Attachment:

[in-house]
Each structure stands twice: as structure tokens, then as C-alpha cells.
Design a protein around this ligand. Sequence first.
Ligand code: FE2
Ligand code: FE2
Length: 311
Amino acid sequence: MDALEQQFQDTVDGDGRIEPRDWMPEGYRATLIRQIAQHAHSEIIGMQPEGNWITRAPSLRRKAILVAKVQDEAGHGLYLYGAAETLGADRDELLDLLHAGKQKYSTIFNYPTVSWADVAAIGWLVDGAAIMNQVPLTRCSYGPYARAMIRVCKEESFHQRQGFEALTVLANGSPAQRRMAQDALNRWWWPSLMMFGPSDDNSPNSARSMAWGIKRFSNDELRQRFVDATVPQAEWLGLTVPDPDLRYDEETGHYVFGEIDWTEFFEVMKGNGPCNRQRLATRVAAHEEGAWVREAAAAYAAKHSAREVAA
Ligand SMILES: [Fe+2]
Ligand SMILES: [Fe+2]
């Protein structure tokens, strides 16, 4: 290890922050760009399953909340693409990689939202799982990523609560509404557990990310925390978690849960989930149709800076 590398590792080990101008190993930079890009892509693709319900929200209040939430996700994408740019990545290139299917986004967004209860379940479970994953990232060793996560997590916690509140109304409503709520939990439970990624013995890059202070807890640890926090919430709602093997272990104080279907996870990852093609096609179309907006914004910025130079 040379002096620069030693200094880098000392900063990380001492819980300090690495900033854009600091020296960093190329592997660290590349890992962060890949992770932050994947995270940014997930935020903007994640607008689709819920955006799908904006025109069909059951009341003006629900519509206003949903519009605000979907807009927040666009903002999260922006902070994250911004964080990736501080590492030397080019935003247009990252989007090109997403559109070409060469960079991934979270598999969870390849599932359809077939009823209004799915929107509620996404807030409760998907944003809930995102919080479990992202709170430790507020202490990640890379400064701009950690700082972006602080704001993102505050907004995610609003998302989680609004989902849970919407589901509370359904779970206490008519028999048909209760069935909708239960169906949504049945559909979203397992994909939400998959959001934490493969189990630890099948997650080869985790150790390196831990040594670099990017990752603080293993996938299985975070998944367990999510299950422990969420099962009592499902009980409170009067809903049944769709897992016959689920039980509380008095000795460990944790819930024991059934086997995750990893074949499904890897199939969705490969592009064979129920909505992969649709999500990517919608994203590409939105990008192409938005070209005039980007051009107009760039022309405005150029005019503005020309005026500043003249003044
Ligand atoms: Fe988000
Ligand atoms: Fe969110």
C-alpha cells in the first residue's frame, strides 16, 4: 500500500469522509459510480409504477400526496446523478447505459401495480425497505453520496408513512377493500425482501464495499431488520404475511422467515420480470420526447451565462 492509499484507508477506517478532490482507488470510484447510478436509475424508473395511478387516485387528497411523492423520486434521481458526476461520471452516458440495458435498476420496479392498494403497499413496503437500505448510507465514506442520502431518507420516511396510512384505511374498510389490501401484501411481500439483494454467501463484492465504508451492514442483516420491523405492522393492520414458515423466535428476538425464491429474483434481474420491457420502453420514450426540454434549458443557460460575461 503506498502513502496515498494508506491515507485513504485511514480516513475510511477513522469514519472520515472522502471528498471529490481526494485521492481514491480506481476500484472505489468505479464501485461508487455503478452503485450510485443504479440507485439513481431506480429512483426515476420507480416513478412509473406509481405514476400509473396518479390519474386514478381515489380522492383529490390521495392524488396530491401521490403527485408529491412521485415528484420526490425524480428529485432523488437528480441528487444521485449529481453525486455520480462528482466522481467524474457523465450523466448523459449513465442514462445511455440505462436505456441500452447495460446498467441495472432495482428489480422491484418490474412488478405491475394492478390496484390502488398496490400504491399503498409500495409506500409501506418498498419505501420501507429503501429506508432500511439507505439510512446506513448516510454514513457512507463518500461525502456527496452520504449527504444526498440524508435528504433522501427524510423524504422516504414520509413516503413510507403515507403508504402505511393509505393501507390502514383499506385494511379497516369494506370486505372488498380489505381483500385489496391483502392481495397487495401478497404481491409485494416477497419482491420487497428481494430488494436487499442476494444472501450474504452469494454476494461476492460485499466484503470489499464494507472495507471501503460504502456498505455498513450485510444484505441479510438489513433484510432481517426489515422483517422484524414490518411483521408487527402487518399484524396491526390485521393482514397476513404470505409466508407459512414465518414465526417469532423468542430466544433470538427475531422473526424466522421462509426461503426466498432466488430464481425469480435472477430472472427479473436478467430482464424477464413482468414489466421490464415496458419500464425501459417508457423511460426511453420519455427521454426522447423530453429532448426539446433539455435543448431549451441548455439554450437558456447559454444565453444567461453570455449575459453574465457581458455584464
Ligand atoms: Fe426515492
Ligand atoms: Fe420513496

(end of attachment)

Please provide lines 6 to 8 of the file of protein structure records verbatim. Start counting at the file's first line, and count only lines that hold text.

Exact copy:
Length: 311
Amino acid sequence: MDALEQQFQDTVDGDGRIEPRDWMPEGYRATLIRQIAQHAHSEIIGMQPEGNWITRAPSLRRKAILVAKVQDEAGHGLYLYGAAETLGADRDELLDLLHAGKQKYSTIFNYPTVSWADVAAIGWLVDGAAIMNQVPLTRCSYGPYARAMIRVCKEESFHQRQGFEALTVLANGSPAQRRMAQDALNRWWWPSLMMFGPSDDNSPNSARSMAWGIKRFSNDELRQRFVDATVPQAEWLGLTVPDPDLRYDEETGHYVFGEIDWTEFFEVMKGNGPCNRQRLATRVAAHEEGAWVREAAAAYAAKHSAREVAA
Ligand SMILES: [Fe+2]